Andrew Hope, Assistant Professor
111 Bushnell Hall
Manhattan, KS 66506
Lab website: http://www.k-state.edu/hopelab
Ph.D. 2011, University of New Mexico. Biology.
Area(s) of Specialization
Climate Change; Comparative Phylogeography; Conservation Genetics; Emerging Infectious Disease; Host-parasite Coevolution; Hybrid Zones; Mammals; Natural History; Phylogenetic Systematics; Speciation.
My background is in mammalian biogeography and molecular ecology. These disciplines constitute an essential foundation for understanding biodiversity responses to contemporary environmental change. My research strongly emphasizes integration among major disciplines (ecology and evolution) and among interrelated taxonomic groups (mammalian hosts and their parasites) for better understanding the complexity of diversification, demographic change, and interactions among disparate groups of organisms through time. In particular, I investigate mammalian host interactions across zones of contact (locations where shifting ecotones are causing unprecedented species interactions). Within these boundary zones, animals may experience both gene flow and competition, influencing their fitness, relative susceptibility to infection by parasites, and regional variation in community assembly. I integrate a suite of traditional methods in mammalian biology with emerging genomics and stable isotope technology to test hypotheses of functional changes that impact community dynamics, ultimately with an aim to conserve intact wild systems. As such my research has a strong applied component towards biodiversity conservation, management under future global change scenarios, and emerging human/wildlife disease, fitting well within the Fisheries, Wildlife, and Conservation program at K-State.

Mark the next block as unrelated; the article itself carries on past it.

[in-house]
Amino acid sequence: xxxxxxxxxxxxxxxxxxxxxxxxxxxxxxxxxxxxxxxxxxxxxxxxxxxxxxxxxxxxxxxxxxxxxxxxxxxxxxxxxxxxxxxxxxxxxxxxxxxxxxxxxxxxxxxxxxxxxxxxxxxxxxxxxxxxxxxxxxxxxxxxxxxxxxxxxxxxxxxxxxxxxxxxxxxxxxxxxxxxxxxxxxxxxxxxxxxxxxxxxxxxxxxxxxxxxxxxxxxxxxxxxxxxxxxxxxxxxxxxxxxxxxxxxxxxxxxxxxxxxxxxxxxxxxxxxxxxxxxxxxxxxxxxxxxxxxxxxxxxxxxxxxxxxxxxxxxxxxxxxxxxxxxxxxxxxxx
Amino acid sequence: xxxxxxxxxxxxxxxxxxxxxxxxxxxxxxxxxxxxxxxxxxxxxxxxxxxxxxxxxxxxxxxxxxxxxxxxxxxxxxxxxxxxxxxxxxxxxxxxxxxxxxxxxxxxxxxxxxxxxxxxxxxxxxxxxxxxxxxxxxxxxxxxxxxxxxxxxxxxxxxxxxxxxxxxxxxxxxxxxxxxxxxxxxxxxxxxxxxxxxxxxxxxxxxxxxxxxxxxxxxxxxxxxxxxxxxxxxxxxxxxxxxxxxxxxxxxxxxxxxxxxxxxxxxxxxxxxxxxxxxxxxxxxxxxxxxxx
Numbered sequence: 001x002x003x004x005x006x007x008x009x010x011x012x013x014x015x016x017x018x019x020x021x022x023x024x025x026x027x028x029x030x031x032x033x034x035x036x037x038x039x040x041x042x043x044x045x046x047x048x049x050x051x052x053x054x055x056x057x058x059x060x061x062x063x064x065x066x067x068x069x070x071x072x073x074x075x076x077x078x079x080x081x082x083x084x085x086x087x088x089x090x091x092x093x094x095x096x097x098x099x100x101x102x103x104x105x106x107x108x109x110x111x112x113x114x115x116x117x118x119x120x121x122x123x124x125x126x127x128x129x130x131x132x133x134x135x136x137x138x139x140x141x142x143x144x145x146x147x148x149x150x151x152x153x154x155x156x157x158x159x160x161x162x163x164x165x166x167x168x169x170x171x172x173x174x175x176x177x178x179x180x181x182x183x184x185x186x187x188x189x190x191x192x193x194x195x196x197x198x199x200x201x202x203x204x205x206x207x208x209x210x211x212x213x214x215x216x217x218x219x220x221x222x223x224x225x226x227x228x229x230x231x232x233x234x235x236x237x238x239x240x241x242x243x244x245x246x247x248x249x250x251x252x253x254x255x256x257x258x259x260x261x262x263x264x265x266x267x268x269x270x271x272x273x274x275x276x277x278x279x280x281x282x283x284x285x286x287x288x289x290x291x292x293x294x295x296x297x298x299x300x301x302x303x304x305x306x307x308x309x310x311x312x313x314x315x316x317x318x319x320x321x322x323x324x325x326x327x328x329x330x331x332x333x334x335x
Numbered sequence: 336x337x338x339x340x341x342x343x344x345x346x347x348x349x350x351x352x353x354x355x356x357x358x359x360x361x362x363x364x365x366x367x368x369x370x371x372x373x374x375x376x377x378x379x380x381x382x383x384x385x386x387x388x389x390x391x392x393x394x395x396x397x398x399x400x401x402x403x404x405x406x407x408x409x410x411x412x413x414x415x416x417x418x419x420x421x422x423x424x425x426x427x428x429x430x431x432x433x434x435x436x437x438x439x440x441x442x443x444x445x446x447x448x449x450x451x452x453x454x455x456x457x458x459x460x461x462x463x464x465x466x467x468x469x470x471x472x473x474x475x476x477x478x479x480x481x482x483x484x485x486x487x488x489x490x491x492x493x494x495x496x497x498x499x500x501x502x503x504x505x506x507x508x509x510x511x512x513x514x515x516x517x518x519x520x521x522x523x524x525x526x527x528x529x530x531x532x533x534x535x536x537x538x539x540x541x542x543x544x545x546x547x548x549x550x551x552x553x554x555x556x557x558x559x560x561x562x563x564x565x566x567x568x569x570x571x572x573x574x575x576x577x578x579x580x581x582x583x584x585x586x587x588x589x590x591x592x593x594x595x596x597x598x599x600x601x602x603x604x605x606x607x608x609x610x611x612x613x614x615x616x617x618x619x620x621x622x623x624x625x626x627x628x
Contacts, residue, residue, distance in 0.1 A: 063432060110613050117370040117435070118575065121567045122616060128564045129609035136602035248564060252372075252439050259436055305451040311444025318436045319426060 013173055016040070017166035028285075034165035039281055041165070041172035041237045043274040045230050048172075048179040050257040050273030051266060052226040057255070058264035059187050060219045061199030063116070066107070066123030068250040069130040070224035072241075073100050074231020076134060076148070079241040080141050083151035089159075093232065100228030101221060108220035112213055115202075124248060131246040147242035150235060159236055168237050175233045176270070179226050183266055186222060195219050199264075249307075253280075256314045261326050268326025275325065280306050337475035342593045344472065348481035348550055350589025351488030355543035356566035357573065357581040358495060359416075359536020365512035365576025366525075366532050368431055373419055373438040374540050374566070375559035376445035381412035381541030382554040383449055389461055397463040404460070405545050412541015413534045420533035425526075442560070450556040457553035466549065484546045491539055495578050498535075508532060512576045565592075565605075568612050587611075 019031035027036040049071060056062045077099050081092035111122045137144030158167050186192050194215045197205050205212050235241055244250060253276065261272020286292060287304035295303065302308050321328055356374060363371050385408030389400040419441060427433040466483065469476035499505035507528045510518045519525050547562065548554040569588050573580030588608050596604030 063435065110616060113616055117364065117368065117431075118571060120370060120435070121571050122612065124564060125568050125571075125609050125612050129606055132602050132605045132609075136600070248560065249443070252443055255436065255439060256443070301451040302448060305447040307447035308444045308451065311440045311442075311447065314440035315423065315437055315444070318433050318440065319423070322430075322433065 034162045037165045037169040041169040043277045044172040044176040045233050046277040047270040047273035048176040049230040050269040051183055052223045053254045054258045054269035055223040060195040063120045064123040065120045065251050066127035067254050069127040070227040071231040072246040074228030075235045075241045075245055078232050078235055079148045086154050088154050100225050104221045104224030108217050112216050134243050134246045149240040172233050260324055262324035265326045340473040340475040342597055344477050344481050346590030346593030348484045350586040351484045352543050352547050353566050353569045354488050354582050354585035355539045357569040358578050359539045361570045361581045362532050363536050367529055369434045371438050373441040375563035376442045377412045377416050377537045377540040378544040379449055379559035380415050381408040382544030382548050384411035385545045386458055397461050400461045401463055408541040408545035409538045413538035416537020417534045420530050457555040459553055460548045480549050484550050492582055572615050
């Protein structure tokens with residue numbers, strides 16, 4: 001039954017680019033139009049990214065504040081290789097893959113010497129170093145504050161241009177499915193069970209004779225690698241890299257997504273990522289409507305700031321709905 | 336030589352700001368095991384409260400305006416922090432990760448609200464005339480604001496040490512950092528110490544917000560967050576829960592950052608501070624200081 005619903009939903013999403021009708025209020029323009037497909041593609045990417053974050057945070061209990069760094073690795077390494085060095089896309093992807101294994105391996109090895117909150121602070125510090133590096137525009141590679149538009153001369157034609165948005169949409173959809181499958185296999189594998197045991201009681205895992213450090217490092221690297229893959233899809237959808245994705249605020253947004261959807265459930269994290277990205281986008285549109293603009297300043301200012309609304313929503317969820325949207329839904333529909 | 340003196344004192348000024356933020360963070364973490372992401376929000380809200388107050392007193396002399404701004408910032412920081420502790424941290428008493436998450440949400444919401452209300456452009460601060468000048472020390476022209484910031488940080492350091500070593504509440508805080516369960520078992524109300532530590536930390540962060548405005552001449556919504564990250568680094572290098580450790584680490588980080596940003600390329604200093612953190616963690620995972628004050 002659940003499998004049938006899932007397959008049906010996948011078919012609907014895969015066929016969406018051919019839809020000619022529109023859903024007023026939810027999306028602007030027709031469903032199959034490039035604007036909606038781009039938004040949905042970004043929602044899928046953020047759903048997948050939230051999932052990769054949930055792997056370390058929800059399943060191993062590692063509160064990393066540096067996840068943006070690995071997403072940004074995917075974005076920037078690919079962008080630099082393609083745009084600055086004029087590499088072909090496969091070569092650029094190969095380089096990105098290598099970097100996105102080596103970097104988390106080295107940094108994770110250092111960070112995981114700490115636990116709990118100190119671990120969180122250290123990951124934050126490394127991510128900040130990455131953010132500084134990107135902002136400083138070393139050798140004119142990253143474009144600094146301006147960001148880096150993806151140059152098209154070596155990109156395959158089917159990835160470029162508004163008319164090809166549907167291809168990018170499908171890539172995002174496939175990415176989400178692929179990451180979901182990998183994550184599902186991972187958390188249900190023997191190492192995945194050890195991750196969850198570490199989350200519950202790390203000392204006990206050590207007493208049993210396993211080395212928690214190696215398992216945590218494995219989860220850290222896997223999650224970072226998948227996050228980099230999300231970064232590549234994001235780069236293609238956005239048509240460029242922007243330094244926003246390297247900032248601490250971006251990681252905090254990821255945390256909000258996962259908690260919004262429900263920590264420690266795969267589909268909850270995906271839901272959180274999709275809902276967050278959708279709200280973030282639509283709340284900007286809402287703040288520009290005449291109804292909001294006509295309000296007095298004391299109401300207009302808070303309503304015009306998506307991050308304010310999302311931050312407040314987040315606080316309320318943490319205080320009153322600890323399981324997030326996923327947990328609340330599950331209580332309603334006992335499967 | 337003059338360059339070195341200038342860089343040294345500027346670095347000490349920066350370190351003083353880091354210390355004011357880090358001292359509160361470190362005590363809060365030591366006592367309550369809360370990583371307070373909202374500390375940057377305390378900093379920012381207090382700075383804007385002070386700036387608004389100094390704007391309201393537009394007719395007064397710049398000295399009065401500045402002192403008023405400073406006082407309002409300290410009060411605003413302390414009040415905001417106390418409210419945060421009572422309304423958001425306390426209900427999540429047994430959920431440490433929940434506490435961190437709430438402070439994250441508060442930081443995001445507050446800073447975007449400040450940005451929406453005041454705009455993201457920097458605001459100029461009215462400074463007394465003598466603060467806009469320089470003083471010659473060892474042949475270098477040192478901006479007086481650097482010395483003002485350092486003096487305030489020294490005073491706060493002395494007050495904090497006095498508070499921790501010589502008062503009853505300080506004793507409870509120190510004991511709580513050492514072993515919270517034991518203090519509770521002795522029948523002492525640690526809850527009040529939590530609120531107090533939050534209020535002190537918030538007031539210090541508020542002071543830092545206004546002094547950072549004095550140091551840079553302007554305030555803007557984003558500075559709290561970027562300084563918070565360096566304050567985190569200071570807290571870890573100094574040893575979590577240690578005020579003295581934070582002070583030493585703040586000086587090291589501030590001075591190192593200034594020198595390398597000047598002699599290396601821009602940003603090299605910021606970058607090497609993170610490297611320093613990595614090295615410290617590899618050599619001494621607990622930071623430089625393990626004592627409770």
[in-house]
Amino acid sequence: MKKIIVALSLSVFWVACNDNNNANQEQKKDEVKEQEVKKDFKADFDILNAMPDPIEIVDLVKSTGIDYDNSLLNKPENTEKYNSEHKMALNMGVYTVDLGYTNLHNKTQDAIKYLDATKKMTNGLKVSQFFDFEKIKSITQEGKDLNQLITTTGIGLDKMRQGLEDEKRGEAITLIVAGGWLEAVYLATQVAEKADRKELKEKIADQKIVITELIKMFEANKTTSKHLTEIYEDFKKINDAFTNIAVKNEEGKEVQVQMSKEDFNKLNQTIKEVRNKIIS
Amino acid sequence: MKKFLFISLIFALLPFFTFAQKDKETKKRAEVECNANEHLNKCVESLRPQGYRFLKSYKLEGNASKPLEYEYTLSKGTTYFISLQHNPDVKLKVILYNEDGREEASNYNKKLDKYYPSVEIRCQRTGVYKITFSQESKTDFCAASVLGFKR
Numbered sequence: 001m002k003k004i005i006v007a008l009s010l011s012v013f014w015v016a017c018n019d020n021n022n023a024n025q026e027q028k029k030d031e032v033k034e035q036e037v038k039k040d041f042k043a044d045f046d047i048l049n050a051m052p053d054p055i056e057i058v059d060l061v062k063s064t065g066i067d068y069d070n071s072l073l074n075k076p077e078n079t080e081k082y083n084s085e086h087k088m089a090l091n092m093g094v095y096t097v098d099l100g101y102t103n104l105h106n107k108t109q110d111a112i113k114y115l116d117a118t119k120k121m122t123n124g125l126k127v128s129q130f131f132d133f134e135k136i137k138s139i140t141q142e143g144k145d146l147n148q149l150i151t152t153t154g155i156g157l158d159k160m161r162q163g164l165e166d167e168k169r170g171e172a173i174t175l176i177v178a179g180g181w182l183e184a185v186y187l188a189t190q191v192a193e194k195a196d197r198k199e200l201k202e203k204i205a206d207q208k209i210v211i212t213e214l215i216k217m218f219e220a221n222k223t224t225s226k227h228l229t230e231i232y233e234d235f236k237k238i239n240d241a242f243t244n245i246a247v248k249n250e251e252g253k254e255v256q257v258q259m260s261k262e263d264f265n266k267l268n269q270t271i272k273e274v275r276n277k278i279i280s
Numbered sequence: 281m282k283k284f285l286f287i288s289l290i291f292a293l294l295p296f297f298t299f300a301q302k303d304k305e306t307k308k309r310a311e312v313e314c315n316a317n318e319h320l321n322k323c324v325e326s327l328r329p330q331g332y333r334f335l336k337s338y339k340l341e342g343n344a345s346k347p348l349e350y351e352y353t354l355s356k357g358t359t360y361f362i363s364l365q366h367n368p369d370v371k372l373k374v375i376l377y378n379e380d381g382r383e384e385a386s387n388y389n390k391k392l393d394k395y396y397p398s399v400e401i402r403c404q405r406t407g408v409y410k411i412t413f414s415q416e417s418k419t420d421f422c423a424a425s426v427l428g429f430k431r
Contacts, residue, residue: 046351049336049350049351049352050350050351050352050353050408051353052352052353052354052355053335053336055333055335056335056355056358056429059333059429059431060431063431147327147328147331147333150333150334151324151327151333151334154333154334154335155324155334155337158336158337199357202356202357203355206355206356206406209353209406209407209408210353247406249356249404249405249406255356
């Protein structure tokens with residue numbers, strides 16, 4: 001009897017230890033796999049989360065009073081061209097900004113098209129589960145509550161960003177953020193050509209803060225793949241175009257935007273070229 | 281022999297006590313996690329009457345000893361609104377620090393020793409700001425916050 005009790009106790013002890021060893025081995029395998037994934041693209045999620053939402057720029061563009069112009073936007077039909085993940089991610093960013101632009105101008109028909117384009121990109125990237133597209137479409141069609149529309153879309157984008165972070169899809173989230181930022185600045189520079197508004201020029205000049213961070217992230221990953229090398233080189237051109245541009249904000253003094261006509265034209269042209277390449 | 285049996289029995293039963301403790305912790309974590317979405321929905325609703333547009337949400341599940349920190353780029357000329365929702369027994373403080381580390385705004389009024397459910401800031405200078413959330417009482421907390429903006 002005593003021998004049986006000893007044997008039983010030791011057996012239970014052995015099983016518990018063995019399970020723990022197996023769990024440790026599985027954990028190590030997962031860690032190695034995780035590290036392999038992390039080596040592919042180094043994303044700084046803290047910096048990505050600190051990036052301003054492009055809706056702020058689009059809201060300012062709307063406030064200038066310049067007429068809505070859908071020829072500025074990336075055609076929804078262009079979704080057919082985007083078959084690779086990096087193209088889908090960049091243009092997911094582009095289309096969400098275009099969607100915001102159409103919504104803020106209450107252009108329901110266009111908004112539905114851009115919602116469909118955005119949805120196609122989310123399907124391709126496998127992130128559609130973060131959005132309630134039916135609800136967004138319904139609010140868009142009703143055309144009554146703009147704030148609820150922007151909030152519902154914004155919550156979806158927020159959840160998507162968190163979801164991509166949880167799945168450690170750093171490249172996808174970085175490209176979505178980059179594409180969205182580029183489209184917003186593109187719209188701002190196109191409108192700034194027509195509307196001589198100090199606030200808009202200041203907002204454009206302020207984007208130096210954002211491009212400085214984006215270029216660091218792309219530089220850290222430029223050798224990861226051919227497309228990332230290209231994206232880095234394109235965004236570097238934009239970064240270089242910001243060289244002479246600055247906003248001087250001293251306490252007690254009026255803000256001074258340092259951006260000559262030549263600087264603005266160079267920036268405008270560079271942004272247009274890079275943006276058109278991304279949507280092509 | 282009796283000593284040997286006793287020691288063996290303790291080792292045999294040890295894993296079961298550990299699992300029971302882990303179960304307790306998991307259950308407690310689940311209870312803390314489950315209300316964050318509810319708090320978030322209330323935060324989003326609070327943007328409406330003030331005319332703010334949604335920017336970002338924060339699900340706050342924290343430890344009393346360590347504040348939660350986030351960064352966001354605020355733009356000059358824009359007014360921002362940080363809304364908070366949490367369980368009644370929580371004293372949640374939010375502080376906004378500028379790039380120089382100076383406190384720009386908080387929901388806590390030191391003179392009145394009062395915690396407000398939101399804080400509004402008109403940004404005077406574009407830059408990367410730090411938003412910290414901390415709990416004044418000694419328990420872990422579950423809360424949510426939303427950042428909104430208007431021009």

Hope AG, Sandercock BK, Malaney JL. 2018. Collection of scientific specimens: Benefits for biodiversity sciences and limited impacts on communities of small mammals. BioScience, 68, 35-42.
Cook JA, Galbreath KE, Bell KC, Campbell ML, Carrière S, Colella JP, Dawson NG, Dunnum JL, Eckerlin RP, Greiman SE, Fedorov V, Hass GMS, Haukisalmi V, Henttonen H, Hope AG, Jackson D, Jung T, Koehler AV, Kinsella M, Krejsa D, Kutz SJ, Liphardt S, MacDonald SO, Malaney JL, Makarikov A, Martin J, McLean BS, Mulders R, Nyamsuren B, Talbot SL, Tkach VV, Tsvetkova A, Toman HM, Waltari EC, Whitman JL, Hoberg EP. 2017. The Beringian Coevolution Project: Holistic Collections of Mammals and Associated Parasites Reveal Novel Perspectives on Evolutionary and Environmental Change in the North. Arctic Science, 3, 585-617.
Hope AG, Greiman SE, Tkach VV, Hoberg EP, Cook JA. 2016. Shrews and their parasites: Small species indicate big changes [in Arctic Report Card 2016], http://www.arctic.noaa.gov/Report-Card.
Hope AG, Malaney JL, Bell KC, Salazar-Miralles F, Chavez AS, Barber BR, Cook JA. 2016. Revision of widespread red squirrels (genus: Tamiasciurus) highlights the complexity of speciation within North American forests. Molecular Phylogenetics and Evolution, 100, 170-182.
Hope AG, Waltari E, Malaney JL, Payer DC, Cook JA, Talbot SL. 2015. Arctic Biodiversity: increasing richness accompanies shrinking refugia for a cold-associated tundra fauna. Ecosphere, 6(9), art159.
Peacock E, Sonsthagen SA, Obbard ME, Boltunov A, Regehr EV, Ovsyanikov N, Aars J, Atkinson SN, Sage GK, Hope AG, Zeyl E, Bachmann L, Ehrich D, Scribner KT, Amstrup SC, Belikov S, Born E, Derocher AE, Stirling I, Taylor MK, Wiig Ø, Paetkau D, Talbot SL. 2015. Implications of the circumpolar genetic structure of polar bears for their ecology, evolution and conservation in a rapidly warming Arctic. PLoS ONE, 10(1), e112021.
Hope AG, Ho SYW, Malaney JL, Cook JA, Talbot SL. 2014. Accounting for rate variation among lineages in comparative demographic analyses. Evolution, 68, 2689-2700.